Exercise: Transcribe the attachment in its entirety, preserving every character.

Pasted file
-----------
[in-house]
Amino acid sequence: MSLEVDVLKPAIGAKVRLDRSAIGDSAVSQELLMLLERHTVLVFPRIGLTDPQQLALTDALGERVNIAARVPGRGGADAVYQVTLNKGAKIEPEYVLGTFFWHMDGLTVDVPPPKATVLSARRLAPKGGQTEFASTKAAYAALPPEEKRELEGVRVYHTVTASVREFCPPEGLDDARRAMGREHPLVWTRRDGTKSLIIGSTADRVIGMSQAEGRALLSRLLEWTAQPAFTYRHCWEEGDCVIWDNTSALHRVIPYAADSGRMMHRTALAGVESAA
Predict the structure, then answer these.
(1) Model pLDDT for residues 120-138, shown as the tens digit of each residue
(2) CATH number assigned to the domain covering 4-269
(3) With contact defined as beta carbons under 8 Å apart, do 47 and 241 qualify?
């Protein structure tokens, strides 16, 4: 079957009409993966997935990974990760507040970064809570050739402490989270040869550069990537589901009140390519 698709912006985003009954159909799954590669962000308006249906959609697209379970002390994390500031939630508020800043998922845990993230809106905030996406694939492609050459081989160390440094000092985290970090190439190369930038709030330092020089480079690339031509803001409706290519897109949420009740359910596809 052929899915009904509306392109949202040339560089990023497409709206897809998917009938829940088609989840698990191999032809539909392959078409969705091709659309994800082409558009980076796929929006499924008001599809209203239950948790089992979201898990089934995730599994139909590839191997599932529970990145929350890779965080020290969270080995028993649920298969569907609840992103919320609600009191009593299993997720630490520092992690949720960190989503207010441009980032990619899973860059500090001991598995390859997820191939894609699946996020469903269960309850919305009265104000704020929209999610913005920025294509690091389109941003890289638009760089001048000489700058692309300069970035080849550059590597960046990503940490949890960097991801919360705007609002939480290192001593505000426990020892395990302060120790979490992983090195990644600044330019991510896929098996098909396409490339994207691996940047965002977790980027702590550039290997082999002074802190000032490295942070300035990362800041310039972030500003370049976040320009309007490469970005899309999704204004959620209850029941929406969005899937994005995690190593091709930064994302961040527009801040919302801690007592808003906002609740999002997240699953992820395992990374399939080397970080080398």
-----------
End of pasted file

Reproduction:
[in-house]
Amino acid sequence: MSLEVDVLKPAIGAKVRLDRSAIGDSAVSQELLMLLERHTVLVFPRIGLTDPQQLALTDALGERVNIAARVPGRGGADAVYQVTLNKGAKIEPEYVLGTFFWHMDGLTVDVPPPKATVLSARRLAPKGGQTEFASTKAAYAALPPEEKRELEGVRVYHTVTASVREFCPPEGLDDARRAMGREHPLVWTRRDGTKSLIIGSTADRVIGMSQAEGRALLSRLLEWTAQPAFTYRHCWEEGDCVIWDNTSALHRVIPYAADSGRMMHRTALAGVESAA
Predict the structure, then answer these.
(1) Model pLDDT for residues 120-138, shown as the tens digit of each residue
(2) CATH number assigned to the domain covering 4-269
(3) With contact defined as beta carbons under 8 Å apart, do 47 and 241 qualify?
């Protein structure tokens, strides 16, 4: 079957009409993966997935990974990760507040970064809570050739402490989270040869550069990537589901009140390519 698709912006985003009954159909799954590669962000308006249906959609697209379970002390994390500031939630508020800043998922845990993230809106905030996406694939492609050459081989160390440094000092985290970090190439190369930038709030330092020089480079690339031509803001409706290519897109949420009740359910596809 052929899915009904509306392109949202040339560089990023497409709206897809998917009938829940088609989840698990191999032809539909392959078409969705091709659309994800082409558009980076796929929006499924008001599809209203239950948790089992979201898990089934995730599994139909590839191997599932529970990145929350890779965080020290969270080995028993649920298969569907609840992103919320609600009191009593299993997720630490520092992690949720960190989503207010441009980032990619899973860059500090001991598995390859997820191939894609699946996020469903269960309850919305009265104000704020929209999610913005920025294509690091389109941003890289638009760089001048000489700058692309300069970035080849550059590597960046990503940490949890960097991801919360705007609002939480290192001593505000426990020892395990302060120790979490992983090195990644600044330019991510896929098996098909396409490339994207691996940047965002977790980027702590550039290997082999002074802190000032490295942070300035990362800041310039972030500003370049976040320009309007490469970005899309999704204004959620209850029941929406969005899937994005995690190593091709930064994302961040527009801040919302801690007592808003906002609740999002997240699953992820395992990374399939080397970080080398």